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Rebecca Resnik, PsyD  
Female
Bethesda, MD

Specialties: ADHD, dyslexia, developmental delays

Interests: Developmental Disabilities
MindWell Clinical Psychology
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301-581-1120
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Blogging for Mental Health Day, May 18th

May 18, 2011 - 3 comments
Tags:

Health

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Mental Health

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treatment



<img src="http://www.yourmindyourbody.org/wp-content/uploads/2011/05/APA_BlogDayBADGE_2011.jpg"

Its mental health awareness month everyone! Check out the American Psychological Associations 'Blogging for Mental Health" event at http://www.yourmindyourbody.org/mental-health-month-blog-day-may-18/
Bloggers from all over the world are posting about psychology, psychotherapy and the experience of coping with mental health problems. The goal is to help get the word out that we need to seek treatment for our mental health problems the same as we do for our physical ones--without shame or stigma!

Did you know that mental health problems are among the most expensive problems the world faces? Depression alone costs more in terms of diminished worker productivity than most diseases like heart problems or diabetes. Mental health related problems like substance abuse, juvenile behavior problems, and non-adherence to medical treatment plans (like not changing your diet if you have diabetes!) not only cause a lot suffering, they have a significant economic impact.

The good news is that the fields of psychology and psychiatry have developed effective treatments for these and other mental health problems. These problems are treatable, but so many people out there are afraid to get psychological or psychiatric care. So take a moment today to think about if someone you love needs a little encouragement to go get some help.

Best Wishes
Dr. Rebecca Resnik

Comments
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by caregiver222, May 19, 2011
I am not against treatment of genuine mental disorders by either a psychiatrist not a psychiatrist, however the fact is there is more than "stigma" that may be attached to a single visit. In the United States thousands of individuals have been denied gun permits based upon a single psychiatric consult. Many had the decision overturned after a lengthy expensive trip to court. The Veteran's Administration, without consent of the veterans, transferred the names of all veterans receiving PTSD treatment to ATF, who promptly added them to the "banned" list of those who can legally purchase firearms. Congress wrote into the law a procedure for having one's name removed from the list and anti-gun advocated promptly refused to fund the personnel to proces waivers.  In New Jersey a bank executive who was ordered to attend "couseling" from a psychiatrist following a bank robbery, ended up with being denied the right to purchase a shotgun. It took him thousands of dollars to regain that right. There are many jobs that may be denied based upon a psychiatric history. If you lie on the application you may end up being dismissed or prosecuted years later. If you don't lie, you may end up with an expensive court appeal, plus release of all your psychiatric records for evaluation to your prospective employer. Security clearances are always affected by psychiatric treatment. All that being said, I do not want to discourage people from seeking treatment, however psychiatric histories do follow a person, can adversely affect their means to earn a living, and the problem will become worse with computerization of medical records.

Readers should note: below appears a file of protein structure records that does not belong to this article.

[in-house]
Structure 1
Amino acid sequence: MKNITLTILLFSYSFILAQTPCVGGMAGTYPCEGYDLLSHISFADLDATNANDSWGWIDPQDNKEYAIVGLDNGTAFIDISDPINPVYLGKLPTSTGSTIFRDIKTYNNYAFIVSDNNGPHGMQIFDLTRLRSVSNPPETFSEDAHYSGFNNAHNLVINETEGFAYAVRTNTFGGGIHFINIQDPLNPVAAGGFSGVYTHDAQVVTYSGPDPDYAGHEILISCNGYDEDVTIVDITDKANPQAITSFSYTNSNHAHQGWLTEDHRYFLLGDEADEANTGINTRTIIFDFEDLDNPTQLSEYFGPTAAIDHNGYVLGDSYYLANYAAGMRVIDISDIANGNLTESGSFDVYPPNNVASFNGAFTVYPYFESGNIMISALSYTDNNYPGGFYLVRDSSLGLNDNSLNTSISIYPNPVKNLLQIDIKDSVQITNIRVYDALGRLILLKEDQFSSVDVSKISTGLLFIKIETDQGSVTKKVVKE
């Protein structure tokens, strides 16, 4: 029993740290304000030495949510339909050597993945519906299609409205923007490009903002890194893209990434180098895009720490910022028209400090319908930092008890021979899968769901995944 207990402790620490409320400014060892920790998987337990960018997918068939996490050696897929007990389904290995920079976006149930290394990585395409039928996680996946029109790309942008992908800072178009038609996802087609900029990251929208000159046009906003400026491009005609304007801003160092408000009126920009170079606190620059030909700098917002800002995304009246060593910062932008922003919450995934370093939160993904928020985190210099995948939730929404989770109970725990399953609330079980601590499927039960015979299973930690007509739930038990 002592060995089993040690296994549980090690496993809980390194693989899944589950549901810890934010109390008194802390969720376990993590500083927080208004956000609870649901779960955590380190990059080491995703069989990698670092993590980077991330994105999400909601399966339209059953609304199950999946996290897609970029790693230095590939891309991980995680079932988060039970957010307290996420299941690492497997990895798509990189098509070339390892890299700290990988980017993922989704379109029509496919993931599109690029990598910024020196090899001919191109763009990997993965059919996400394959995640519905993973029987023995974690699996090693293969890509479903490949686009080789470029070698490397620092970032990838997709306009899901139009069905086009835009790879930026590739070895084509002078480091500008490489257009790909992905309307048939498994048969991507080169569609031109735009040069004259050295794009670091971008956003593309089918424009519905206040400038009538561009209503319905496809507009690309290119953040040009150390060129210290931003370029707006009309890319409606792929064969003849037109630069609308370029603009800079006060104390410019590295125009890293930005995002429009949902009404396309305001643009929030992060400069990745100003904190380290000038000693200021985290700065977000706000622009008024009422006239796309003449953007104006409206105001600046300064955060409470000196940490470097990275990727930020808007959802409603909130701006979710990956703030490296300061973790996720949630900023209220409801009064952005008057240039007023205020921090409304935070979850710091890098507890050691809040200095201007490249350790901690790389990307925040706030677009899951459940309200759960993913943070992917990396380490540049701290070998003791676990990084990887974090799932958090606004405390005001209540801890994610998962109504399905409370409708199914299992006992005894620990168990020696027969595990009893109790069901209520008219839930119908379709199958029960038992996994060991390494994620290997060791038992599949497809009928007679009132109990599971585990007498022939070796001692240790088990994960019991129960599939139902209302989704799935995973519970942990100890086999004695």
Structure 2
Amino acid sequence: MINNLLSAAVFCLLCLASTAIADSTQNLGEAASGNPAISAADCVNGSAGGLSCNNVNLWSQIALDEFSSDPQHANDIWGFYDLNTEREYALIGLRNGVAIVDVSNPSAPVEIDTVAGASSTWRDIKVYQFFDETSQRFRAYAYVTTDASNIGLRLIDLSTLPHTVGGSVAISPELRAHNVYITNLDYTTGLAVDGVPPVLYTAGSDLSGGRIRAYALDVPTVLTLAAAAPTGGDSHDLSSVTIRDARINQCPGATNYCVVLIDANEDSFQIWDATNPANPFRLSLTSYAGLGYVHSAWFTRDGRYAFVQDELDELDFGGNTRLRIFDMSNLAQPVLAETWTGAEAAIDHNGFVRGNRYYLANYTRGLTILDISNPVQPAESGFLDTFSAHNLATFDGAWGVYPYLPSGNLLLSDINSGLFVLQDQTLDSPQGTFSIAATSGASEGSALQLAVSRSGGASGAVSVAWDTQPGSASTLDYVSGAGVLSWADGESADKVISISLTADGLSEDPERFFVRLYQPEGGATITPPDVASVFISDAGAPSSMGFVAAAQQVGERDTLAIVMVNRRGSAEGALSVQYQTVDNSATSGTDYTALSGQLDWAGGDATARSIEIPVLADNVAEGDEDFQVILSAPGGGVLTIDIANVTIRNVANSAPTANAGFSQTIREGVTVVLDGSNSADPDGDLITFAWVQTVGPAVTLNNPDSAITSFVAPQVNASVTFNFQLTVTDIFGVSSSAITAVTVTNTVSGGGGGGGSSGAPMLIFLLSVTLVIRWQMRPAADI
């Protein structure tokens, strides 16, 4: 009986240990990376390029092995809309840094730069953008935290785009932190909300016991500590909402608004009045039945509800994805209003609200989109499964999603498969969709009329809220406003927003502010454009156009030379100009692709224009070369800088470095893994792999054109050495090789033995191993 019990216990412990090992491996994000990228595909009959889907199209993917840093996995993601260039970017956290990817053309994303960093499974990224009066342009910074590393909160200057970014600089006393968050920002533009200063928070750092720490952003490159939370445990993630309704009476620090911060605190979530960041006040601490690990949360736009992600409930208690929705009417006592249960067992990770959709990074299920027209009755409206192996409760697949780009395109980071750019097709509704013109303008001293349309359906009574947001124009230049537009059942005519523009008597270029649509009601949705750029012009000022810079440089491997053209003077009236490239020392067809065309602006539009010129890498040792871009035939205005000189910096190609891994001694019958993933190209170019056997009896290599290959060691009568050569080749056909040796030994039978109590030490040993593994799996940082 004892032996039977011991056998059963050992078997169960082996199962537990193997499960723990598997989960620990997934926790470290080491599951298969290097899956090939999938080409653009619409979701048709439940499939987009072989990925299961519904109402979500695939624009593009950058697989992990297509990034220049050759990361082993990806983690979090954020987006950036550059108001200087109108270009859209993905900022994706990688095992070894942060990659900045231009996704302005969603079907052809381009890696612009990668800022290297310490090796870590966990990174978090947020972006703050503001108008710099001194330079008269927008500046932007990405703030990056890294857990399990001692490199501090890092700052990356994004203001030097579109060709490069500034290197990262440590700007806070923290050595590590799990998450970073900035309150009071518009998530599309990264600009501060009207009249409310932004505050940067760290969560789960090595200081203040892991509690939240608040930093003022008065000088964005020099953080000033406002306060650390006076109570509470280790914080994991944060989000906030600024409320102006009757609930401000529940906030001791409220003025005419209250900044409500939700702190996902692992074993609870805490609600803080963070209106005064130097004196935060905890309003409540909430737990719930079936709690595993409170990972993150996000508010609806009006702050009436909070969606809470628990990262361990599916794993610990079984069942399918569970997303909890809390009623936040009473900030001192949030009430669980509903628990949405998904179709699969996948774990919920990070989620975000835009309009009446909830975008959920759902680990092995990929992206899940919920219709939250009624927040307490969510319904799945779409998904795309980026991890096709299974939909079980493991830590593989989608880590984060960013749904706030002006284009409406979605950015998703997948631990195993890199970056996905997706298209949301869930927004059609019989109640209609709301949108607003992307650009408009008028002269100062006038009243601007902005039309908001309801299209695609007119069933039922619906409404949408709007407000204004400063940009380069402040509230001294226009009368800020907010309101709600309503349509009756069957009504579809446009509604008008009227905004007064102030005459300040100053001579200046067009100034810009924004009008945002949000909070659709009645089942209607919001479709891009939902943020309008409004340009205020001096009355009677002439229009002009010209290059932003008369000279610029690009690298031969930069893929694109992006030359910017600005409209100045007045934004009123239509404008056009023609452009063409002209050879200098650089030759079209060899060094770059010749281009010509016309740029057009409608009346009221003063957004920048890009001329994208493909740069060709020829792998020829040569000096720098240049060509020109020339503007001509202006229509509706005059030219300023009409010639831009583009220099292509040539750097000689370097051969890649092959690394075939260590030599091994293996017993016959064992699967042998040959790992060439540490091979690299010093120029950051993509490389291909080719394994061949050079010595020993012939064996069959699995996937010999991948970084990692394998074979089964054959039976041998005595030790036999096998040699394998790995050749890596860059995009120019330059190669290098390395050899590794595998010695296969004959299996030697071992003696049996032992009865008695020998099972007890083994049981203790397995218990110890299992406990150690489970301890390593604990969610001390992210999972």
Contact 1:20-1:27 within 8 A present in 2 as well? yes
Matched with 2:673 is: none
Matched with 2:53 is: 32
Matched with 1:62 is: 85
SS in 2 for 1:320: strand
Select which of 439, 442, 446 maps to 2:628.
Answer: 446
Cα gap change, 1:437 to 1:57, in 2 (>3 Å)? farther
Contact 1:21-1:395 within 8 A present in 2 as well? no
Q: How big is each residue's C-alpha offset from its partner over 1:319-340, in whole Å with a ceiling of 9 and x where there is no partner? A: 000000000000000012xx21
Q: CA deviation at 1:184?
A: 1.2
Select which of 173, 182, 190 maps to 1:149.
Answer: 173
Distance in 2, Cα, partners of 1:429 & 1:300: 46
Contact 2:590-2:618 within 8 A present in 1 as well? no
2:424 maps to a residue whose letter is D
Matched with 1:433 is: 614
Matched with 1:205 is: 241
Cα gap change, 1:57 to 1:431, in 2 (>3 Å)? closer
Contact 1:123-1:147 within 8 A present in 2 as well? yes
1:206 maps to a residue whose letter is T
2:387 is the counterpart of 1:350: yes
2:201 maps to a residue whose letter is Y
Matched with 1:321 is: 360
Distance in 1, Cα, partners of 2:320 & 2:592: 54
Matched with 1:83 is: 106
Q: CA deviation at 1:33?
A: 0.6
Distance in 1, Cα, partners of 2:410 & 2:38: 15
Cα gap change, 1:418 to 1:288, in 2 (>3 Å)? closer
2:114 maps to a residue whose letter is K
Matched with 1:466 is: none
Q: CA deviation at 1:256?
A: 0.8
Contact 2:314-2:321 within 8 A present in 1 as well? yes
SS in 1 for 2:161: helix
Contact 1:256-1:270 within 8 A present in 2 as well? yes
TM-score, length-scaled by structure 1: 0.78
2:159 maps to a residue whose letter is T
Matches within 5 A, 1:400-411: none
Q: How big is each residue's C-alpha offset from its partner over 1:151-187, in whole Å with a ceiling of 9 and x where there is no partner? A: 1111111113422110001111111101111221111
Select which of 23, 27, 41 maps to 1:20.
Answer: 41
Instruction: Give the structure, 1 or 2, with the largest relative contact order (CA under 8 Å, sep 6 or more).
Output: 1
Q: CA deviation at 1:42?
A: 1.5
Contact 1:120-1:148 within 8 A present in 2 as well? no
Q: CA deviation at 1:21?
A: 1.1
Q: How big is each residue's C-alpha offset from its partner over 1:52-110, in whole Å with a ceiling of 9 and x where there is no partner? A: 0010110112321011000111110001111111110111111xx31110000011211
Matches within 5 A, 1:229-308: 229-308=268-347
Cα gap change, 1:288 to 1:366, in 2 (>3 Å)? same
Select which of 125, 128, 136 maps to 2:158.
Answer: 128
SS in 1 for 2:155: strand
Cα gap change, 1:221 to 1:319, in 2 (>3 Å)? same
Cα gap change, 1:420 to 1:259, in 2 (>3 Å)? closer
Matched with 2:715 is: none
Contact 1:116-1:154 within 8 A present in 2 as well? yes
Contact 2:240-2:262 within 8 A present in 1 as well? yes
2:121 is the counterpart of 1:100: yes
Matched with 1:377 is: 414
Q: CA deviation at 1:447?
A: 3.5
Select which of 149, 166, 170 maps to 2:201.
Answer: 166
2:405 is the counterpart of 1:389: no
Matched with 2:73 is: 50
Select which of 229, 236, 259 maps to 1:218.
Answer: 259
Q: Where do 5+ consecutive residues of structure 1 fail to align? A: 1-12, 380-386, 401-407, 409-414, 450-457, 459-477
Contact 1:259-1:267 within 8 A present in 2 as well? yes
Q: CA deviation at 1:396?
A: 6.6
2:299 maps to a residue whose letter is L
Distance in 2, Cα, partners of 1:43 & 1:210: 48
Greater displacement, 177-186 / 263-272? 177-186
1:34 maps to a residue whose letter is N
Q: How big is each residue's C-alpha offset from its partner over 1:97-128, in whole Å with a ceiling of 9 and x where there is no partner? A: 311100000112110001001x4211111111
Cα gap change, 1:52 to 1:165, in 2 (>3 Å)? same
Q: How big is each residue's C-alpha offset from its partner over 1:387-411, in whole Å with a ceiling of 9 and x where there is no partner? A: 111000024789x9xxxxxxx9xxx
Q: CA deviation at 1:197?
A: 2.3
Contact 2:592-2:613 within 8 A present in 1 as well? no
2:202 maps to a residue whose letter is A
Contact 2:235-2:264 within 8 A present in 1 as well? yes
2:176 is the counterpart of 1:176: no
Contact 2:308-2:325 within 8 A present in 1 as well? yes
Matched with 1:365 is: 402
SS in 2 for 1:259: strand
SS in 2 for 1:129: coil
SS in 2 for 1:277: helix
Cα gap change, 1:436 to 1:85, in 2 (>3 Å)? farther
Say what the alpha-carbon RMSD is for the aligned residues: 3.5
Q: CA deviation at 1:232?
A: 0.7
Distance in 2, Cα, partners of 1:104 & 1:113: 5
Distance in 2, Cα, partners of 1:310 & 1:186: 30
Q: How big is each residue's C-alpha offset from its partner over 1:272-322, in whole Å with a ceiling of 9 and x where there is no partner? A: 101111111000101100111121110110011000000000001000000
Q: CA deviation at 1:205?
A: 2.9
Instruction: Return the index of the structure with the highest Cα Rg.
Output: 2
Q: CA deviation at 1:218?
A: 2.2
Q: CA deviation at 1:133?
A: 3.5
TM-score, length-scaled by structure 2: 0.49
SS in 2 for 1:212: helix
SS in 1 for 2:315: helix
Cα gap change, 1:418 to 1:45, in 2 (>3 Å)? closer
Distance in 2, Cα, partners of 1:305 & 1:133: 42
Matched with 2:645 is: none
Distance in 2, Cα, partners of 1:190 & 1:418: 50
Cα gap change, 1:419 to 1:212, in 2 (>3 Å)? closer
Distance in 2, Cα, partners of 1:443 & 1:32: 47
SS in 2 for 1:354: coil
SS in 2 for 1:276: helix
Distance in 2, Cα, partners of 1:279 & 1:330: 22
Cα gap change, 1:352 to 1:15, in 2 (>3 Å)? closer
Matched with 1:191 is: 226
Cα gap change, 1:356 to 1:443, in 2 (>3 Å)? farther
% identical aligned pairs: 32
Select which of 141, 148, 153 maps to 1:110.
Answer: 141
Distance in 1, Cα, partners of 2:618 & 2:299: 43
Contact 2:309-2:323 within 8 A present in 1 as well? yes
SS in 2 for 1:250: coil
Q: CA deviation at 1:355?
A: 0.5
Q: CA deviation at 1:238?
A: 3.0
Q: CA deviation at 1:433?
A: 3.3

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by Jaquta, May 21, 2011
There are laws that say that people can not be discriminated against because of disability, etc.
I don't believe that a lot of those people, and others, should have guns.  I don't believe that there is a need for many individuals to have guns.  What do they need guns for?

I don't see much point in seeking mental health support when many mh professionals, here in NZ anyway, are inept.  Can be hard to access good care when individuals and systems are so defended and narcissistic.

In general I would advise people to seek psychotherapy but in my own experience it has been extremely damaging.
I have had one good therapist though so that gives me confidence that there must be other good ones out there as well.

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by LivingInHope, May 26, 2011
  I want to encourage the medical doctors out there to be sensitive to the fact that many with mental health problems can have legitimate health concerns and  very real physical problems .  Rather than marginalize or be dismissive of patients who have mental health issues, as I think so many doctors can tend to do, I hope you will be a physician who practices due diligence when presented with a health concern of those patients, regardless of how you view the patient's mental status.  

  You may help alleviate some of your anxious patients' minds by showing you care & practicing the same due diligence you would on a patient you consider mentally healthy presenting with the same symptoms.  When tests are exhausted, some patients just might seek further spiritual counsel and/or seek psychiatric help.  I wonder how many doctor visits would be avoided and money saved in the long run if every doctor would take those patients, admittedly with some mental issues, seriously.  And how many would be surprised to find a number of patients they wouldn't have thought would have something medically wrong, actually do.

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